Review: Clear the way when you see them coming through! Three albums deep since 2016, Jalapeno's in-house funk machine The Allergies wheel up with more brand new material. "Every Trick In The Book" shakes and slides with a wry psychedelic groove, a familiar vocal, big horns and lavish dollops of the feel-good flare the Bristol duo have made their signature. Need something spicier? Flip over for "Nuff Respect" where long-standing MC partner in vibes Andy Cooper steps up to cover one of the all time OGs: Big Daddy Kane. Back up and bow.
Review: American funk band Breakwater is best known for their hit "Release The Beast," which gets a reissue treatment by Be With. Even if you don't know the name, you'll recognise the track's withering lead riff because it was sampled by Daft Punk for their iconic "Robot Rock". It's mad to think such a futuristic sound was created somewhere in Philly in 1979, but it was. The flip side houses the smooth and buttery "Let Love In", a feel good, deep cut funk gem with vocal harmonies, bulbous bass and hip swinging claps.
Review: Since launching last year, Lil Static has offered up new, lightly altered editions of classic tracks from Jeru the Damaja, Kraftwerk, Run-DMC, Nas and the Notorious B.I.G. Here they continue to serve up vital beats for break-digging DJs via classic cuts from Eric B. & Rakim and Mountain. The A side sports an edited version of 1986 cut "Eric B. Is President", a synth-bass propelled NYC hip-hop gem rich in unmistakable rap vocals and tight scratching. Over on side B there's a chance to savour Mountain's late '60s rock cut that provided the Eric B. & Rakim track (and so many others since) with its distinctive drum break, "Long Red". This edited version gives more prominence to the breaks, making it an ideal mixing tool for hip-hop DJs.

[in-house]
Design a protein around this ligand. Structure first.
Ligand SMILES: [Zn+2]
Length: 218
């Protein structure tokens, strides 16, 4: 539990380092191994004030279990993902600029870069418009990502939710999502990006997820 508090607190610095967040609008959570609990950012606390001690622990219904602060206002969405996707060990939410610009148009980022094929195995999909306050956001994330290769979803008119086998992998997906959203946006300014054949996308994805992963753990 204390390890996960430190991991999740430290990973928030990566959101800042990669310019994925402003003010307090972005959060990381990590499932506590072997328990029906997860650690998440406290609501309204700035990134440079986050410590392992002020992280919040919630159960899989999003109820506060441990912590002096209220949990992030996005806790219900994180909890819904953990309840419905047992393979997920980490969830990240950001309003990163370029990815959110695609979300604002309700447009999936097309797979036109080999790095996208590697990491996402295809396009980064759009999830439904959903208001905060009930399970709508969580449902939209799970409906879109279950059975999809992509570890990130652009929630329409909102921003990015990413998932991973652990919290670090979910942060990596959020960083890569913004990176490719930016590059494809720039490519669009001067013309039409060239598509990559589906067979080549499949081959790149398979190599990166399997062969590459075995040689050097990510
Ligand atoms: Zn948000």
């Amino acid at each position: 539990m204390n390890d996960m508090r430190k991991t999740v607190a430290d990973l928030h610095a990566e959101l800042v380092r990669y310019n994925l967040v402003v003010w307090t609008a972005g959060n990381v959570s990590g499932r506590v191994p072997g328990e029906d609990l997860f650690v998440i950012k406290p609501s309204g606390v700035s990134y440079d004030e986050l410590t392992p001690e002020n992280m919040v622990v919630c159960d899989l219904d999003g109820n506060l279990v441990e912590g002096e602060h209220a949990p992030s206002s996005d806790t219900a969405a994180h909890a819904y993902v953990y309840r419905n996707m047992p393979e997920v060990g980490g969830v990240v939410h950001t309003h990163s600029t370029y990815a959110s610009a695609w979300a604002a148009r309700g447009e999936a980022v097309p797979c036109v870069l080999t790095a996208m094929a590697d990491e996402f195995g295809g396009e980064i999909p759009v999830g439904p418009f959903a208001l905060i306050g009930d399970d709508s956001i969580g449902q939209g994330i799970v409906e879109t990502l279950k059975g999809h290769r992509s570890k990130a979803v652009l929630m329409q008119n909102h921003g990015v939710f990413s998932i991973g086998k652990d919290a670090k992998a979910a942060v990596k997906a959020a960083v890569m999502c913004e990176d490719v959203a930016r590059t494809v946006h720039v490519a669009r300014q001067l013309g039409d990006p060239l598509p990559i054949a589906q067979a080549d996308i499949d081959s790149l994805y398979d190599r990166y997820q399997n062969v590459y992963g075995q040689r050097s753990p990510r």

Review: Funk Night Records were quick to snap up some newly recorded material from Philly psych band Grimace Federation as soon as they heard it, and for good reason. These tracks were recorded during a weekend in a session with producer John McEntire and manage to sound raw and distorted yet seductive. "Dotsero" echoes the magic of Adrian Younge with its big horns and stirring soul, while "Starspots" is a more expansive track, with nebulous chords, busy drum playing and plenty of jazz elements making it a real cosmic voyage.
Review: Is there a more genuinely eclectic producer than Kalbata operating right now? We certainly can't think of one. Over the last decade and a half he's turned his hand to everything from dub, techno, dubstep and electro to Balearic beats, downtempo grooves and inspired musical fusions that simply cannot be categorized. His latest excursion - made in cahoots with five-piece Israeli band Tigris -falls into the latter category, offering up a brilliant blend of African and Caribbean rhythms, Turkish psych-funk organ solos, off-kilter electronics, wavy ambient chords and glistening guitars. It's hard to accurately describe but brilliantly produced and hugely entertaining. Don't sleep on this one!
Review: Founded in 1967 by singer/producer Carlos Oliva and other Cuban immigrants to the United States, Los Sobrinos del Juez were briefly one of the leading protagonists of the turn-of-the-'70s "Miami Sound" - a humid and intoxicating fusion of blues, rock, funk and dancefloor-focused Latin sounds. Their 1974 debut single "Harina De Maiz" - here reissued for the first time since - is a perfect example of that short lived style, offering up a mixture of wah-wah-guitar and psychedelic organ-powered Latin funk grooves and righteous Cuban vocals. On this edition it comes backed by the previously unheard "Corned Beef Hash", a swinging Latin-jazz number rich in vibraphone solos, jaunty piano riffs and plenty of hip-wiggling percussion.